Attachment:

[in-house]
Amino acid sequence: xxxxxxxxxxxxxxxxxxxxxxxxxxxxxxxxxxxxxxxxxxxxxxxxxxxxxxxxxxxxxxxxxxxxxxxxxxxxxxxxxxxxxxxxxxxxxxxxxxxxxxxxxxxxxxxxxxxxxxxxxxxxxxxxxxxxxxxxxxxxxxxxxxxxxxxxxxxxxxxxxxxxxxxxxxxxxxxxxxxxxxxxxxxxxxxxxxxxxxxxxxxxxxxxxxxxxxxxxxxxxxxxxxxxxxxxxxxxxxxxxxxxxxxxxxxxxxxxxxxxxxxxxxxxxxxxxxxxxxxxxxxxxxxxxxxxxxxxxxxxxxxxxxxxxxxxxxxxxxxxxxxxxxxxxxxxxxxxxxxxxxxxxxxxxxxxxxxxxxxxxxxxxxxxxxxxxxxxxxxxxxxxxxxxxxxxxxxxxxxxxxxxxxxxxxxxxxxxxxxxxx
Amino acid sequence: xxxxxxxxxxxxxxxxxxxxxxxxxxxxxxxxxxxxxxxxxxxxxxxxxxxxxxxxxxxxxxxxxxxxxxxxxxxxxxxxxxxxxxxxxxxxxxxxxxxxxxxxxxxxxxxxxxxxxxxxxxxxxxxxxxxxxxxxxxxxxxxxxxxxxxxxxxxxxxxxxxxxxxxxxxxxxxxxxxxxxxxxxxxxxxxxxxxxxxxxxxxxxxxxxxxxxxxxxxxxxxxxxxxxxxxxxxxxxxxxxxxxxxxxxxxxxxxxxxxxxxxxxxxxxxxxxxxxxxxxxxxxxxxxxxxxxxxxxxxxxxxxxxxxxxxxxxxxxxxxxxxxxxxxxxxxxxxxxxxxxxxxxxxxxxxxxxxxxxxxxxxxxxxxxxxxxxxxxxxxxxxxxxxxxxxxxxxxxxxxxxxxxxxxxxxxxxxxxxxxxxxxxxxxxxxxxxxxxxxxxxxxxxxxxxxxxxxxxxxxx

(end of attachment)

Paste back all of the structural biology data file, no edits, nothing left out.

[in-house]
Amino acid sequence: xxxxxxxxxxxxxxxxxxxxxxxxxxxxxxxxxxxxxxxxxxxxxxxxxxxxxxxxxxxxxxxxxxxxxxxxxxxxxxxxxxxxxxxxxxxxxxxxxxxxxxxxxxxxxxxxxxxxxxxxxxxxxxxxxxxxxxxxxxxxxxxxxxxxxxxxxxxxxxxxxxxxxxxxxxxxxxxxxxxxxxxxxxxxxxxxxxxxxxxxxxxxxxxxxxxxxxxxxxxxxxxxxxxxxxxxxxxxxxxxxxxxxxxxxxxxxxxxxxxxxxxxxxxxxxxxxxxxxxxxxxxxxxxxxxxxxxxxxxxxxxxxxxxxxxxxxxxxxxxxxxxxxxxxxxxxxxxxxxxxxxxxxxxxxxxxxxxxxxxxxxxxxxxxxxxxxxxxxxxxxxxxxxxxxxxxxxxxxxxxxxxxxxxxxxxxxxxxxxxxxx
Amino acid sequence: xxxxxxxxxxxxxxxxxxxxxxxxxxxxxxxxxxxxxxxxxxxxxxxxxxxxxxxxxxxxxxxxxxxxxxxxxxxxxxxxxxxxxxxxxxxxxxxxxxxxxxxxxxxxxxxxxxxxxxxxxxxxxxxxxxxxxxxxxxxxxxxxxxxxxxxxxxxxxxxxxxxxxxxxxxxxxxxxxxxxxxxxxxxxxxxxxxxxxxxxxxxxxxxxxxxxxxxxxxxxxxxxxxxxxxxxxxxxxxxxxxxxxxxxxxxxxxxxxxxxxxxxxxxxxxxxxxxxxxxxxxxxxxxxxxxxxxxxxxxxxxxxxxxxxxxxxxxxxxxxxxxxxxxxxxxxxxxxxxxxxxxxxxxxxxxxxxxxxxxxxxxxxxxxxxxxxxxxxxxxxxxxxxxxxxxxxxxxxxxxxxxxxxxxxxxxxxxxxxxxxxxxxxxxxxxxxxxxxxxxxxxxxxxxxxxxxxxxxxxxx